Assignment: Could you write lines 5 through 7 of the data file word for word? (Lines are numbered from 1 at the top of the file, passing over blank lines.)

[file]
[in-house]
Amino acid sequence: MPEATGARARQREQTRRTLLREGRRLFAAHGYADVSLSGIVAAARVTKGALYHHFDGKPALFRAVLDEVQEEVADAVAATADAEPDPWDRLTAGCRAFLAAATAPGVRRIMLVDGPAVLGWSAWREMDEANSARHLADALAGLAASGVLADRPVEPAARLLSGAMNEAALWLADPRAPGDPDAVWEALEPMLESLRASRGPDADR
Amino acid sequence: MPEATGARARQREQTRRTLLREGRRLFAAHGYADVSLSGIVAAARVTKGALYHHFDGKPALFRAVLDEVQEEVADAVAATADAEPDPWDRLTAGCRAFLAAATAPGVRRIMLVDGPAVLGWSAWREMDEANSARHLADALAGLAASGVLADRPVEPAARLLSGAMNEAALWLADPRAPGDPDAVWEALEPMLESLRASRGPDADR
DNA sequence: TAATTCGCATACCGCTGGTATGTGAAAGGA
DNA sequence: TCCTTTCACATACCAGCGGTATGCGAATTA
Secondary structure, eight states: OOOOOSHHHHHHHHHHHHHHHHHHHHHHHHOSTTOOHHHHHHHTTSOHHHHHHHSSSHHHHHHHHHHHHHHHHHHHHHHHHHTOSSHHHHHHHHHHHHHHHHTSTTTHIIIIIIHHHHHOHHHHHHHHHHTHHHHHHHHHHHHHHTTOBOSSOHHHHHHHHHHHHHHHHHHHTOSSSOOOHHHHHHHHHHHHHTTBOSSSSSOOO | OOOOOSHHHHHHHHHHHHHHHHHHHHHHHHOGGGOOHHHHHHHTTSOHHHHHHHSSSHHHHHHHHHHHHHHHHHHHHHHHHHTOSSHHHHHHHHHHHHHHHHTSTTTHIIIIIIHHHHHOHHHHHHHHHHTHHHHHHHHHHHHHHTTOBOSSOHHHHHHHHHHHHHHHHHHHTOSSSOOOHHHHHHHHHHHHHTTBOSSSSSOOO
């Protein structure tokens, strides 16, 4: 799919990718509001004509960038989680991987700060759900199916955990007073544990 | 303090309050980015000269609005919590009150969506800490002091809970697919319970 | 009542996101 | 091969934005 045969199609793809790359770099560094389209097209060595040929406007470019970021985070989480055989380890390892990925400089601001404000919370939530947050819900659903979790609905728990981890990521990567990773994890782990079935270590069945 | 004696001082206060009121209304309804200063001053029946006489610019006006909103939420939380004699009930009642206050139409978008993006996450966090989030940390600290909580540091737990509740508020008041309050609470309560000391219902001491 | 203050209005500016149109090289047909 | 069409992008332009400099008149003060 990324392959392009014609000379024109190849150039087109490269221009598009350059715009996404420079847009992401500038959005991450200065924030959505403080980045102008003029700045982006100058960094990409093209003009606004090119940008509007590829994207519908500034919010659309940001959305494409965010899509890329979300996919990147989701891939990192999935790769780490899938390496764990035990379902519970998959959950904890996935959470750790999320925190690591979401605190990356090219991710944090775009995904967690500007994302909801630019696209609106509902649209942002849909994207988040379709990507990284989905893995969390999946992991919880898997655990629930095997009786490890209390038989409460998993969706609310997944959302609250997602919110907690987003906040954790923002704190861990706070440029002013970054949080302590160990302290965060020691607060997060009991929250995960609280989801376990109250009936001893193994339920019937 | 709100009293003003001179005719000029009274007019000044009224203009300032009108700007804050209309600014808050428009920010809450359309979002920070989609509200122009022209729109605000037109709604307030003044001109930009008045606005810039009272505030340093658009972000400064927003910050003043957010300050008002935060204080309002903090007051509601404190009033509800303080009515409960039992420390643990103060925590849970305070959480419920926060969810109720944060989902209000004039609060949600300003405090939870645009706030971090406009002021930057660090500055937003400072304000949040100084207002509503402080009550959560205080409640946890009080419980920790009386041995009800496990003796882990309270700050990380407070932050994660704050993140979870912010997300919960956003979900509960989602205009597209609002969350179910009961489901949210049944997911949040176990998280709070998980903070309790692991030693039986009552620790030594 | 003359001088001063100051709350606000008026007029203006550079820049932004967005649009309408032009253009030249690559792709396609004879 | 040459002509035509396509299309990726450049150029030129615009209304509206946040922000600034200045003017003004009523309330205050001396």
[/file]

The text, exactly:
DNA sequence: TCCTTTCACATACCAGCGGTATGCGAATTA
Secondary structure, eight states: OOOOOSHHHHHHHHHHHHHHHHHHHHHHHHOSTTOOHHHHHHHTTSOHHHHHHHSSSHHHHHHHHHHHHHHHHHHHHHHHHHTOSSHHHHHHHHHHHHHHHHTSTTTHIIIIIIHHHHHOHHHHHHHHHHTHHHHHHHHHHHHHHTTOBOSSOHHHHHHHHHHHHHHHHHHHTOSSSOOOHHHHHHHHHHHHHTTBOSSSSSOOO | OOOOOSHHHHHHHHHHHHHHHHHHHHHHHHOGGGOOHHHHHHHTTSOHHHHHHHSSSHHHHHHHHHHHHHHHHHHHHHHHHHTOSSHHHHHHHHHHHHHHHHTSTTTHIIIIIIHHHHHOHHHHHHHHHHTHHHHHHHHHHHHHHTTOBOSSOHHHHHHHHHHHHHHHHHHHTOSSSOOOHHHHHHHHHHHHHTTBOSSSSSOOO
């Protein structure tokens, strides 16, 4: 799919990718509001004509960038989680991987700060759900199916955990007073544990 | 303090309050980015000269609005919590009150969506800490002091809970697919319970 | 009542996101 | 091969934005 045969199609793809790359770099560094389209097209060595040929406007470019970021985070989480055989380890390892990925400089601001404000919370939530947050819900659903979790609905728990981890990521990567990773994890782990079935270590069945 | 004696001082206060009121209304309804200063001053029946006489610019006006909103939420939380004699009930009642206050139409978008993006996450966090989030940390600290909580540091737990509740508020008041309050609470309560000391219902001491 | 203050209005500016149109090289047909 | 069409992008332009400099008149003060 990324392959392009014609000379024109190849150039087109490269221009598009350059715009996404420079847009992401500038959005991450200065924030959505403080980045102008003029700045982006100058960094990409093209003009606004090119940008509007590829994207519908500034919010659309940001959305494409965010899509890329979300996919990147989701891939990192999935790769780490899938390496764990035990379902519970998959959950904890996935959470750790999320925190690591979401605190990356090219991710944090775009995904967690500007994302909801630019696209609106509902649209942002849909994207988040379709990507990284989905893995969390999946992991919880898997655990629930095997009786490890209390038989409460998993969706609310997944959302609250997602919110907690987003906040954790923002704190861990706070440029002013970054949080302590160990302290965060020691607060997060009991929250995960609280989801376990109250009936001893193994339920019937 | 709100009293003003001179005719000029009274007019000044009224203009300032009108700007804050209309600014808050428009920010809450359309979002920070989609509200122009022209729109605000037109709604307030003044001109930009008045606005810039009272505030340093658009972000400064927003910050003043957010300050008002935060204080309002903090007051509601404190009033509800303080009515409960039992420390643990103060925590849970305070959480419920926060969810109720944060989902209000004039609060949600300003405090939870645009706030971090406009002021930057660090500055937003400072304000949040100084207002509503402080009550959560205080409640946890009080419980920790009386041995009800496990003796882990309270700050990380407070932050994660704050993140979870912010997300919960956003979900509960989602205009597209609002969350179910009961489901949210049944997911949040176990998280709070998980903070309790692991030693039986009552620790030594 | 003359001088001063100051709350606000008026007029203006550079820049932004967005649009309408032009253009030249690559792709396609004879 | 040459002509035509396509299309990726450049150029030129615009209304509206946040922000600034200045003017003004009523309330205050001396």